Every aspect of arranging travel here was problematic: flights were changed; hotels were changed; walking tours difficult to book. Out of the six countries I visited, it was not just the only one to require a visa, but my passport had to be physically sent to their embassy in Canberra. Their bureaucracy (tellingly, a French word for “rule by desk”), set the entire experience somewhere between Monty Python and the Twilight Zone. Amid their many political, and socioeconomic issues, they made an important civic stipulation before my arrival: the Barbie movie was banned.

As in many other Arab countries, people are tenderly besotted with children. Otherwise surly officials, and the weary on cramped planes, gaze at screaming toddlers like they are the epitome of endearment. About 70% of the population is under 30.

Locals are hospitable and easy to engage with. They apologise for the well-known, suspicious entry requirements. Seeing other tourists is uncommon. When women of all ages pass me, they often smile softly and are quick to help. I did two 5-hour walking tours, each with smart, charming young guides who could answer my every question, discuss history and world events, find me the foods I wanted to try, and head me safely home. They spoke of wages averaging 250 Euros per month (basically double that for NZD), while rent is 150 to 200. Even doctors earn just 500 per month. Families squash together. Young people sigh about privacy being a fairytale concept.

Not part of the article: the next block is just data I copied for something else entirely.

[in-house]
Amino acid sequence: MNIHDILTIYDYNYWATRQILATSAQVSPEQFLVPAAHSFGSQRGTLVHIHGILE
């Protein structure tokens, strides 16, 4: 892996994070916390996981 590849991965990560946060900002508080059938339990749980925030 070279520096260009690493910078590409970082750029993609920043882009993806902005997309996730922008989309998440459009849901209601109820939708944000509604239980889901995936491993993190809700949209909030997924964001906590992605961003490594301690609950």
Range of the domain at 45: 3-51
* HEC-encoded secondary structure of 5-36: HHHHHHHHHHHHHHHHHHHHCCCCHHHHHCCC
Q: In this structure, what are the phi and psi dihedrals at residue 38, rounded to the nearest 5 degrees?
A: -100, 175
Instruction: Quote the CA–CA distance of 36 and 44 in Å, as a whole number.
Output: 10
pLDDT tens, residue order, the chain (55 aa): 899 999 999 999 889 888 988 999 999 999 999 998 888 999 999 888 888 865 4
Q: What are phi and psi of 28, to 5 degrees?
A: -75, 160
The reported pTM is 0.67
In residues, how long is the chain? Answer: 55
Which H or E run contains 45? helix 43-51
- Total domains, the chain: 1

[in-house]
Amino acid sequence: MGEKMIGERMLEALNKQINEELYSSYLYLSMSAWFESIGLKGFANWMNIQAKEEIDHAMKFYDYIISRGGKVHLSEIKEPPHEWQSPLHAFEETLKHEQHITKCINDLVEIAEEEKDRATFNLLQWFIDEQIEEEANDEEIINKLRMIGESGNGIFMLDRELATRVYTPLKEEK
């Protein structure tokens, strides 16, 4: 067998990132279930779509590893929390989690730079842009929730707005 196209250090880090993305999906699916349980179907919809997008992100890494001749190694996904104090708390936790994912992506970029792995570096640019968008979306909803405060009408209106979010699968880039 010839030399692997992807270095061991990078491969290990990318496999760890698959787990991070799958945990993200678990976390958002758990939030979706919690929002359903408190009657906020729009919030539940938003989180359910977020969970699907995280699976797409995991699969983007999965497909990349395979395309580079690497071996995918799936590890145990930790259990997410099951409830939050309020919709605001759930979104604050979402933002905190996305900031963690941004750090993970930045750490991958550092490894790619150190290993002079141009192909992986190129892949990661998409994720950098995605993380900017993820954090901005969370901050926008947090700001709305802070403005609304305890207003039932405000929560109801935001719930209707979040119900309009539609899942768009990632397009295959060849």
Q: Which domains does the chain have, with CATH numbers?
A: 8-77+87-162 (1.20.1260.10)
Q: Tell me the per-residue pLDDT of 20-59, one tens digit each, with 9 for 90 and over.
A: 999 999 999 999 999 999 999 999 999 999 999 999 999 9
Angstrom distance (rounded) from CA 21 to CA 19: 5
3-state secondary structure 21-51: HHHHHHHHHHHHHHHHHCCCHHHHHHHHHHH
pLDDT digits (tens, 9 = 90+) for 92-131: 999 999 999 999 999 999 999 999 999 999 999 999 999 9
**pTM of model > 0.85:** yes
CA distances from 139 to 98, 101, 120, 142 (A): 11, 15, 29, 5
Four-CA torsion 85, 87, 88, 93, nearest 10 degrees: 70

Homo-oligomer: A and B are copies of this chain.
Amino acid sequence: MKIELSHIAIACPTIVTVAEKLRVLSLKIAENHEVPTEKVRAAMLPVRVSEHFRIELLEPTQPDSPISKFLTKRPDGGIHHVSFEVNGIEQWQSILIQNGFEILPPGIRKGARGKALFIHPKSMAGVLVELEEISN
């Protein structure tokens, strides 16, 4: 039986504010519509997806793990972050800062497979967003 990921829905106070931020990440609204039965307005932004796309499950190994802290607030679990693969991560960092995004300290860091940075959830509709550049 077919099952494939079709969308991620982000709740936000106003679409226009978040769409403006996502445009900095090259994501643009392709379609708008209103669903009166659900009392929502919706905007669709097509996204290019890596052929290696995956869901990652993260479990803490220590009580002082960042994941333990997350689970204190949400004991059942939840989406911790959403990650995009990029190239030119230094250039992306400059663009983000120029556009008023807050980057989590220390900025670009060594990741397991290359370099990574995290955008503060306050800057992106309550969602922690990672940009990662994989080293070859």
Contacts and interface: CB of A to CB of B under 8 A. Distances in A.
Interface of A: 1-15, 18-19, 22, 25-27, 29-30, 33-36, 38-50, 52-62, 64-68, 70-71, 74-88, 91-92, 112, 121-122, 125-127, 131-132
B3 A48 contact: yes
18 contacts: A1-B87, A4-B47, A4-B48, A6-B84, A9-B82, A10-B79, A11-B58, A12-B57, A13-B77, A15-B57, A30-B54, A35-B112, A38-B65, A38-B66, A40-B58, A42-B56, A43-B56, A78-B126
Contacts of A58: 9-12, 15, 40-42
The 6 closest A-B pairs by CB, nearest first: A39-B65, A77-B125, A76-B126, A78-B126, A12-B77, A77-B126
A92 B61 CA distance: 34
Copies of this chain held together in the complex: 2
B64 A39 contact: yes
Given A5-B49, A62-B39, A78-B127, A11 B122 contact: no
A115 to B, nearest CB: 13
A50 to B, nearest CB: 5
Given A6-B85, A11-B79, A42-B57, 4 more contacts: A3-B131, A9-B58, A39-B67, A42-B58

Algerians can withdraw a small amount only of Euros each year. Downtown I pass an entire street dedicated to black market currency trading, which the heavy police presence everywhere, ignores. We Westerners are born to Luckyville.


Its beauty is a surprise. Seaside towns, such as popular Sidi Bou Said, were postcard whitewashed, with vivid blue shutters, yellow doors, and crimson bougainvillea, long before the Greek islands copied them.

I stay at the Royal Victoria, built in 1662, and the former British Embassy. It is ornately Raj-style, as if designed during an opium rapture. Think the Civic Theatre turned into a hotel. I write this from my room’s balcony, which looks onto the bustle of a town square, and a street designed to resemble the broad, welcoming ramble of the Champs-Elysees.

A slim wedge of North Africa’s vast expanse, this nation comes perfumed with jasmine. The Republic of Tunisia achieved independence from the French in 1956. Customs and croissants remain. The land is home now to many mega movie sets such as for Star Wars and Indianna Jones.

With a push for more presidential power, parliament was suspended in 2021. It partially resumed in March 2023. The legitimacy remains questioned, home and abroad. As a protest, recent voter turnout was merely 11%. Oh, the privileges of democracy that we take for granted.